Such were the appearances. Beneath the placid surface, Gitmo could be stultifying and dismal. This was the impression conveyed in an anonymously written “tell-all” magazine article published in 1930. Under the byline of “Navy Wife,” the writer described what she called the “Guantánamo Blues.” The article’s subtitle coyly promised “A Taste of Tropical Fruits of Prohibition.” For the most part, the writer agreed with previous observers that life on the base was merely dull: “no daily papers, no real news except a few items that sifted in by radio.” During the Prohibition years, not even alcohol was available on the base—at least not officially. According to the Navy Wife, American women living on the base spent the bulk of their time playing bridge, holding teas and dinner parties, and gossiping, sometimes ruthlessly, about one another (“the usual post-mortems,” she called such gossip). It was a life of “coffee cups, long ribald conversations about nothing.” One lived with “an inescapable smell of stale paint . . . the buzz and thud of tropical insects against the screens.”
But when the fleet returned, so did the excitement—sometimes more than was welcome. With men outnumbering women forty to one, every woman, even those who were married, received plenty of unwanted attention, especially at fleet dances. These were “a nightmare,” the Navy Wife recalled. She was sweet-talked, pulled onto the dance floor, propositioned, and groped. She was “protected only by the thin shred of circumstance which lies in the proximity of others.” Her “woman’s instinct” told her she “must not dare get outside the circle of light and moving white figures,” lest she become subject to “a violent seizure as if I were to be the victim of a rape.”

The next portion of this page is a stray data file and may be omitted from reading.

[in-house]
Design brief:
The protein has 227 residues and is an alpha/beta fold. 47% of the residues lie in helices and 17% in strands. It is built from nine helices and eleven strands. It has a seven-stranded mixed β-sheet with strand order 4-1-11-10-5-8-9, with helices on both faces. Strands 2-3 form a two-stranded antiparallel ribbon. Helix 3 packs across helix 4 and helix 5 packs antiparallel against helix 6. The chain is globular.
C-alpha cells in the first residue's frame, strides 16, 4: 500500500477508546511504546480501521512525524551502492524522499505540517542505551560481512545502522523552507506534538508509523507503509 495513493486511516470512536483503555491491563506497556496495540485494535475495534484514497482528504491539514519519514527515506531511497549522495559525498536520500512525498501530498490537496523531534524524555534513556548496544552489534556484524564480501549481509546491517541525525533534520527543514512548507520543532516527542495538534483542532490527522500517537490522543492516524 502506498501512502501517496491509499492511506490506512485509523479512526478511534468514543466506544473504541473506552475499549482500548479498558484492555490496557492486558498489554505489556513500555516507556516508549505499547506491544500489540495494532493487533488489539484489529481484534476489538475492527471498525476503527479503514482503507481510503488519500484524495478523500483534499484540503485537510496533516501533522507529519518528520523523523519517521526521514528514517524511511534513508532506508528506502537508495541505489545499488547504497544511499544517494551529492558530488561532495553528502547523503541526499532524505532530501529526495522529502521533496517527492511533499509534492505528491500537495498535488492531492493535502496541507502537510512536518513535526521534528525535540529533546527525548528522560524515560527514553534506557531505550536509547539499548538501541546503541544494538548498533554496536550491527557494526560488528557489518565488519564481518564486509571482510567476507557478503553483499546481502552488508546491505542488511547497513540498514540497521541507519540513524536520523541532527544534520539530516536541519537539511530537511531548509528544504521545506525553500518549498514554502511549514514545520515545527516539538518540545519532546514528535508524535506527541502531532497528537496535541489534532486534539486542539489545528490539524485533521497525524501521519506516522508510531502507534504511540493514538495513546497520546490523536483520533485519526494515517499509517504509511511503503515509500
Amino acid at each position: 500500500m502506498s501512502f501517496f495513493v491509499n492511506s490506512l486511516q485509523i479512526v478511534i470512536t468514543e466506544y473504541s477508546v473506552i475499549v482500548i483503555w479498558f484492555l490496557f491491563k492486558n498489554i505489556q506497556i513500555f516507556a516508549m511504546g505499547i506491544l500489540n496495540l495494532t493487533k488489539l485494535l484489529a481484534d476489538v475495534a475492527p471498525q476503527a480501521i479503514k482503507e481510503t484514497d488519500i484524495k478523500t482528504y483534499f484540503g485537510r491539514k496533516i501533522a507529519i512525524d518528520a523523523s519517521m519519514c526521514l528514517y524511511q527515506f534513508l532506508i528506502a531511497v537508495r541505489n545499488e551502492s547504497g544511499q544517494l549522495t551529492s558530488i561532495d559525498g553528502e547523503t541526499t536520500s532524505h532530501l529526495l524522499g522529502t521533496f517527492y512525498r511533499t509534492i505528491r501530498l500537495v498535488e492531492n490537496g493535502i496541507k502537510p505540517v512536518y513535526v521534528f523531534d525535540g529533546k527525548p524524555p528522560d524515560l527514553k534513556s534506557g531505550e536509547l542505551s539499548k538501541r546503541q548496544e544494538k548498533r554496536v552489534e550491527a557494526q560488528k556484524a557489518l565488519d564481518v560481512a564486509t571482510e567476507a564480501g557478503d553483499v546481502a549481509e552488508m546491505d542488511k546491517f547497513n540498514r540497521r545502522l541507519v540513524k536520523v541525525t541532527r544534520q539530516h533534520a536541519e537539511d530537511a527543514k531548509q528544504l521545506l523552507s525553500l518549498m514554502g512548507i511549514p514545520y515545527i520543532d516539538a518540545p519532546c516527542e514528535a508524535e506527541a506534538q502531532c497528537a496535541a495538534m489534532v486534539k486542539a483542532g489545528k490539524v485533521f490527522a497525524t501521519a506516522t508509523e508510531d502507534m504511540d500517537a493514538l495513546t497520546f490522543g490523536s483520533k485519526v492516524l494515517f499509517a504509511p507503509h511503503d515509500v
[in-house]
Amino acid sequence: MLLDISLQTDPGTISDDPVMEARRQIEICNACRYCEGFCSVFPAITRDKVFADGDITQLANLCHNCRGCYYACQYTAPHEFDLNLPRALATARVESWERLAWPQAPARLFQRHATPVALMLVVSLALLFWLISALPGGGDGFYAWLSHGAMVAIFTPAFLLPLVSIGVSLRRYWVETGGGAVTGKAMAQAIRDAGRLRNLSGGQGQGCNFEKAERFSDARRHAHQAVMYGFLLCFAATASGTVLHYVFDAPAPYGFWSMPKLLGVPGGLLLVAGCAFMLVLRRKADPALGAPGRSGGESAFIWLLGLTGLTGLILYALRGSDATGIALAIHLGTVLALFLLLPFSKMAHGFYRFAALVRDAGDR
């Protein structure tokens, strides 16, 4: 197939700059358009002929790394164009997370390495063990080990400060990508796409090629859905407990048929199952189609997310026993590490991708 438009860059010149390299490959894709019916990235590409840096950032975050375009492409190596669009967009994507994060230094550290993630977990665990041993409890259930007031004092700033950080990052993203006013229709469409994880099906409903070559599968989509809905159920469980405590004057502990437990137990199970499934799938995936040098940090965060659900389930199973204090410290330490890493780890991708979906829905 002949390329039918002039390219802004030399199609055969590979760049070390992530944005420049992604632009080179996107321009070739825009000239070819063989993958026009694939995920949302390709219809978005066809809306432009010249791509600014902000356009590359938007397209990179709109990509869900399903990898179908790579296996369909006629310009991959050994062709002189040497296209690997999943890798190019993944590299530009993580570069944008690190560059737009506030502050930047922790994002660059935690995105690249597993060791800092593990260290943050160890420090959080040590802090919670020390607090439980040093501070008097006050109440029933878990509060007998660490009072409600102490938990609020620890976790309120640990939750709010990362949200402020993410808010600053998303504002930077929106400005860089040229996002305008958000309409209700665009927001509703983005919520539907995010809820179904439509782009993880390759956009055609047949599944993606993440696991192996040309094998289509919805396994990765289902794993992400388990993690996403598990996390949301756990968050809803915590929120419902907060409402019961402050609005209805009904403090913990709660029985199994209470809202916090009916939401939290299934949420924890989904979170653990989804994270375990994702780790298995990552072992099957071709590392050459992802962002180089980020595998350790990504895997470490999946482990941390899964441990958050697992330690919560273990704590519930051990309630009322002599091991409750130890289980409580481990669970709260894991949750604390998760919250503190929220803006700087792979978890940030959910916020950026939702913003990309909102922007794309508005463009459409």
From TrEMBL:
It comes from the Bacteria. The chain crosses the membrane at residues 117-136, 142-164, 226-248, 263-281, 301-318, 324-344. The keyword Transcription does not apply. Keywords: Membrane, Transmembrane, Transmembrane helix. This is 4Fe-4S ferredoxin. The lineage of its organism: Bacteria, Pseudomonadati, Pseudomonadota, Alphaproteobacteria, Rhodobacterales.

This undercurrent of lust, potential violence, and vicious gossip hidden below the superficial boredom made Guantánamo seem like a tropical Peyton Place. Over the decades, other residents and visitors noticed this undercurrent as well, even as the base was growing and taking on the appearance of a typical all-American town with outdoor movie theaters, hamburger joints (including, eventually, a McDonald’s), Little Leagues, Scout troops, bowling alleys, golf courses, skating rinks, playgrounds, and skateboard parks. But this surface placidity concealed (barely) drug and alcohol addiction, racism, classism, and sexism. Crime was minimal, but visiting journalists noted that violence did occur now and then, particularly alcohol- and jealousy-fueled spousal abuse.“Now and then the sharp fin of a shark is seen. Pelicans drift overhead with their air of aldermanic dignity. Fish hawks are forever circling against a sky of almost incandescent blue.”